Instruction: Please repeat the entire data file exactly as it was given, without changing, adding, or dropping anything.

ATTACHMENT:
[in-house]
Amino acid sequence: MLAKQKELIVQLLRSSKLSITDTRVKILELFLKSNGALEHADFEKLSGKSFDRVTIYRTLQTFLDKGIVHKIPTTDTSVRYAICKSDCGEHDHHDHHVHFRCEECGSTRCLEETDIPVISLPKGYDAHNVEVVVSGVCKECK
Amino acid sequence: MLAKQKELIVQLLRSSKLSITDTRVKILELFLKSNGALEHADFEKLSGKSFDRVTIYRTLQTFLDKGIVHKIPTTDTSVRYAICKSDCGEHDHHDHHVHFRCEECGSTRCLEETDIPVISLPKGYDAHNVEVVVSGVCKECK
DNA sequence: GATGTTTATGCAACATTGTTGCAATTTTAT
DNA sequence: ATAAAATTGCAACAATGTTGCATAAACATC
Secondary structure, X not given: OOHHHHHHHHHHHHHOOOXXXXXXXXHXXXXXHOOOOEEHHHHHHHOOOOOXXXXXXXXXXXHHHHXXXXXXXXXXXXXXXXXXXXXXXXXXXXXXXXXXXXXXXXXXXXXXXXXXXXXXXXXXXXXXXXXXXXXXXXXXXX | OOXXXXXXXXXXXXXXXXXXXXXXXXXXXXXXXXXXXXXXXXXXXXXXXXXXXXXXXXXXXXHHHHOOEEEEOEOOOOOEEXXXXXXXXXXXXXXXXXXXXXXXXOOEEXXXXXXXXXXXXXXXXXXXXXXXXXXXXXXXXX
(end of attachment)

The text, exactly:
[in-house]
Amino acid sequence: MLAKQKELIVQLLRSSKLSITDTRVKILELFLKSNGALEHADFEKLSGKSFDRVTIYRTLQTFLDKGIVHKIPTTDTSVRYAICKSDCGEHDHHDHHVHFRCEECGSTRCLEETDIPVISLPKGYDAHNVEVVVSGVCKECK
Amino acid sequence: MLAKQKELIVQLLRSSKLSITDTRVKILELFLKSNGALEHADFEKLSGKSFDRVTIYRTLQTFLDKGIVHKIPTTDTSVRYAICKSDCGEHDHHDHHVHFRCEECGSTRCLEETDIPVISLPKGYDAHNVEVVVSGVCKECK
DNA sequence: GATGTTTATGCAACATTGTTGCAATTTTAT
DNA sequence: ATAAAATTGCAACAATGTTGCATAAACATC
Secondary structure, X not given: OOHHHHHHHHHHHHHOOOXXXXXXXXHXXXXXHOOOOEEHHHHHHHOOOOOXXXXXXXXXXXHHHHXXXXXXXXXXXXXXXXXXXXXXXXXXXXXXXXXXXXXXXXXXXXXXXXXXXXXXXXXXXXXXXXXXXXXXXXXXXX | OOXXXXXXXXXXXXXXXXXXXXXXXXXXXXXXXXXXXXXXXXXXXXXXXXXXXXXXXXXXXXHHHHOOEEEEOEOOOOOEEXXXXXXXXXXXXXXXXXXXXXXXXOOEEXXXXXXXXXXXXXXXXXXXXXXXXXXXXXXXXX